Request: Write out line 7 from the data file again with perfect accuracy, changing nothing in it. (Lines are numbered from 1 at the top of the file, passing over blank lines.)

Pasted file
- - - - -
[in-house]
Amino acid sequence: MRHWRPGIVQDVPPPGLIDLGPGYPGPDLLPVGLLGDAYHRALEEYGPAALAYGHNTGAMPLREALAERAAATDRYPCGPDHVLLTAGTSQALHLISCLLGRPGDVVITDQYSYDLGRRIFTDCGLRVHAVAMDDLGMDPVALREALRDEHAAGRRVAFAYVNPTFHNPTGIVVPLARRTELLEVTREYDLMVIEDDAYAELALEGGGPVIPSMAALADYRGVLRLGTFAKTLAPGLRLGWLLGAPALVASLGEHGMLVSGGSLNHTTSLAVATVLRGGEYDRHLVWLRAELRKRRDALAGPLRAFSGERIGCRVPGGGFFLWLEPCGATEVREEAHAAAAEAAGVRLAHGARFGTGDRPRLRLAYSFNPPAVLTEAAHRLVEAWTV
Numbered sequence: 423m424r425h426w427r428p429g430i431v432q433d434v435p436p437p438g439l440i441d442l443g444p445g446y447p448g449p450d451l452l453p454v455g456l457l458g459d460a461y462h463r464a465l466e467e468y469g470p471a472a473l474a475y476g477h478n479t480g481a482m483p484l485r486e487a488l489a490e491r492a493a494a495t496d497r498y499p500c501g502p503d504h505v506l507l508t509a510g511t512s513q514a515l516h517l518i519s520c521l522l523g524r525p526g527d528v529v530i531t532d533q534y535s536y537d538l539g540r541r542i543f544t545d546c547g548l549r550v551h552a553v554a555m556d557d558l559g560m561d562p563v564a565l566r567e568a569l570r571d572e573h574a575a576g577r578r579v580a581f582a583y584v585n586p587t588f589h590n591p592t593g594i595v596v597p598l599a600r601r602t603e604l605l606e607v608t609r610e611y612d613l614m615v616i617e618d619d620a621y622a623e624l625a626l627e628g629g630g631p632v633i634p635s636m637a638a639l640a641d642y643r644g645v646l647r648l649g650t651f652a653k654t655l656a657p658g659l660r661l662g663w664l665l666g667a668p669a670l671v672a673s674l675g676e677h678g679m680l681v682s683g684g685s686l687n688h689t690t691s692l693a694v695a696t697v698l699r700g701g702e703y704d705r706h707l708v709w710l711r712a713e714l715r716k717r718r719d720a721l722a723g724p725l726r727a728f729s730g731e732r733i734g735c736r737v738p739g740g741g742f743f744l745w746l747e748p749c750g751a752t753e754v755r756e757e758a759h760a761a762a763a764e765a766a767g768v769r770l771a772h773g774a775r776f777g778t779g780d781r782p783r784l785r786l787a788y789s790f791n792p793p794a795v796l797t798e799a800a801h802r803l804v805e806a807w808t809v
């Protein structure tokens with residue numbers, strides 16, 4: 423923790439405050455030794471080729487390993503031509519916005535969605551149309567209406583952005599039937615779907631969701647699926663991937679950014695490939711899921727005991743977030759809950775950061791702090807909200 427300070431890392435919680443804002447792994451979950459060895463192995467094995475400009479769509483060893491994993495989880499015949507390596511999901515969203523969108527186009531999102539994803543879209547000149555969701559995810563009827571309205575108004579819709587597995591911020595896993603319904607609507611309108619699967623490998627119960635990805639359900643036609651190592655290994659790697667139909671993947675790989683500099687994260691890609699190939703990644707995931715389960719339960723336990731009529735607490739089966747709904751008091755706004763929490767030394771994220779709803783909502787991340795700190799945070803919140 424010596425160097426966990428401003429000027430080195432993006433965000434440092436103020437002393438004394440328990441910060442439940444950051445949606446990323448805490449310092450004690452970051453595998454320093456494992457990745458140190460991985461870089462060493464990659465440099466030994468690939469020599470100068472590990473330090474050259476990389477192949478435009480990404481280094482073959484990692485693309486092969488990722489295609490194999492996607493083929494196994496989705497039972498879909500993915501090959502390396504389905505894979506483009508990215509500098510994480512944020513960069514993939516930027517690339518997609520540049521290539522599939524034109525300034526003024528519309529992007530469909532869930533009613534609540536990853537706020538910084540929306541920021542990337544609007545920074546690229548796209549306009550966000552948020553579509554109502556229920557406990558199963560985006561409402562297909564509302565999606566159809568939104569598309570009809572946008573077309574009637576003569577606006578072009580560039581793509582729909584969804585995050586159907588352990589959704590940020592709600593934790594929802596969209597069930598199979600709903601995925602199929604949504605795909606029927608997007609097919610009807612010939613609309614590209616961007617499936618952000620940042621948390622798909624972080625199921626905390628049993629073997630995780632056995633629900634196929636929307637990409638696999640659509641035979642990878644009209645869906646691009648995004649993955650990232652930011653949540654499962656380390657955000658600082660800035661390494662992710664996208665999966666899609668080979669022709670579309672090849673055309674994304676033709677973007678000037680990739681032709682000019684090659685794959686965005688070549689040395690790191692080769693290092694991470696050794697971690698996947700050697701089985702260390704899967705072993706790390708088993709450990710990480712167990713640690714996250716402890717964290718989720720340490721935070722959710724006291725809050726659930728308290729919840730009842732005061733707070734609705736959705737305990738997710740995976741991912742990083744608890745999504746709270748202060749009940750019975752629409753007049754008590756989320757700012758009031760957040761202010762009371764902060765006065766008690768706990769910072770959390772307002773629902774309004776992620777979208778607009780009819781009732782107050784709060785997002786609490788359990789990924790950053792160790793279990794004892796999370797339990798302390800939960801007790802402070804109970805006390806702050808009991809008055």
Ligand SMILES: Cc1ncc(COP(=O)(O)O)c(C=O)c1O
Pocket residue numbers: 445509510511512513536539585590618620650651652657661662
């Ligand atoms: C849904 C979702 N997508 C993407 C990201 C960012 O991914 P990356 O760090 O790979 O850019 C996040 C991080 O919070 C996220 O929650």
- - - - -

């Ligand atoms: C849904 C979702 N997508 C993407 C990201 C960012 O991914 P990356 O760090 O790979 O850019 C996040 C991080 O919070 C996220 O929650």